Remember This When You're Sad - Maggy Van Eijk

Genre: Self-Help/Memoir
Release Date: 11th January 2018

Started Reading: 12/01/2018
Finished Reading: 15/01/2018

'Self-love is a term everyone throws around like it's fluffy and easy but to go through something and accept it rather than work it out on the battlefield of your body is actually one of the hardest things to do.'
The publisher kindly sent me a copy of Remember This When You're Sad to review, and I'm so glad they did. This book is hilarious, helpful, and like a nice hug all in one.

Remember This When You're Sad is part memoir, part self-help, based on the experiences of former Buzzfeed Social Media Editor and current BBC Social Media Manager Maggy Van Eijk. It focuses on her anxiety, depression, panic attacks and disassociation and how she gets through each day with them.

I really loved reading this. I never really read many self-help books before Matt Haig's Reasons To Stay Alive, but now I really love them and enjoy that they make you feel like you&…

The Radleys - Matt Haig

Genre: Supernatural Fantasy
Release Date: 1st July 2010

Started Reading: 07/01/2018
Finished Reading: 12/01/2018

'Noise is life. Silence is death.'
Dark, weird, and with a slight sense of humour, The Radleys is a different take on vampire novels.

The Radleys are a family of vampires trying to live their lives as humans. The only thing is the two children, Rowan and Clara, don't know that they are vampires until an incident happens, turning all of their lives upside down and giving them no way back to their normal lives.

I found it funny that Haig decided that Byron was a vampire, and I loved the constant Byron references throughout the novel. My inner Byron nerd is slightly less embarrassed to openly love him.

The Radleys made me laugh because Rowan seems to be the only person bothered by finding out that he's a vampire after leading a normal life. He's the only sane character out of all of them and is a nice touch of reality to the novel.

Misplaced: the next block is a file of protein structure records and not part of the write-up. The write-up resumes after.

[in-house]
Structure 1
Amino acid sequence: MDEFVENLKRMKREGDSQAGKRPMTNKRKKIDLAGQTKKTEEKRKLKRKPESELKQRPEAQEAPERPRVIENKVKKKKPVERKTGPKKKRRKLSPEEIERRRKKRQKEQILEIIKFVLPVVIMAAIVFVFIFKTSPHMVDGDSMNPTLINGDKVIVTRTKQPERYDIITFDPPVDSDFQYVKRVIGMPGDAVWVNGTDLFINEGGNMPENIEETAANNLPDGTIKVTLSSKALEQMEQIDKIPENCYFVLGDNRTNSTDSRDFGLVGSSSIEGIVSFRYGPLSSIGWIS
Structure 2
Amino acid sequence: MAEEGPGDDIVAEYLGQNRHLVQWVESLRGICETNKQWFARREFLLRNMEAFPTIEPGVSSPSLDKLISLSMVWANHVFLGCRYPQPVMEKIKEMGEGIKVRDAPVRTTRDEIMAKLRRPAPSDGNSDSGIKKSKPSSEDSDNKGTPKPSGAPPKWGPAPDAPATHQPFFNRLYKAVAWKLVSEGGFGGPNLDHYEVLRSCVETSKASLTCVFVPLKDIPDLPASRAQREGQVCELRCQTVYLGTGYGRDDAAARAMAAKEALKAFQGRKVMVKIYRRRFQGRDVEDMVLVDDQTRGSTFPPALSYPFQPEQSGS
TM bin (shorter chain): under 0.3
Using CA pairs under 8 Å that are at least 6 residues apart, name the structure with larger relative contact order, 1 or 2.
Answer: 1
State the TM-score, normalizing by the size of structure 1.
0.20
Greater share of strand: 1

Although I didn't enjoy it…

The Humans - Matt Haig

Genre: Science Fiction
Release Date: 2nd July 2013

Started Reading: 06/01/2018
Finished Reading: 07/01/2018

'You have a lot more days to live. About twenty-four thousand more days to live, probably. That's a lot of moments. You could do many great things in that time. You could read a lot of poetry.
I'm not a sci-fi reader at all. I will go to all costs just to avoid it. But The Humans is an exception that I am glad I made. It is a heartwarming, hilarious and thought-provoking read that I am glad I picked up.

The Humans is a sci-fi/fantasy/humour/romance novel that focuses on the life of Professor Andrew Martin. The novel begins with Andrew awakening naked in an unfamiliar place. However, Andrew is not Andrew. He has been killed and his body taken over by an alien from a strange planet who has come to the earth on a mission to undo the progress the professor has made on solving the Reimann hypothesis.

Andrew is found naked and walking the streets of Cambridge, confused and not …

A Place Called Here - Cecelia Ahern

I'm a massive fan of Cecelia Ahern and I hadn't even heard of this one until I saw it at a charity book stall at the hospital. So, for 50p, I definitely couldn't resist.

This is one of Ahern's more abstract novels, based on the idea that all lost things that people have stopped looking for end up in the same place - a little village called 'Here'.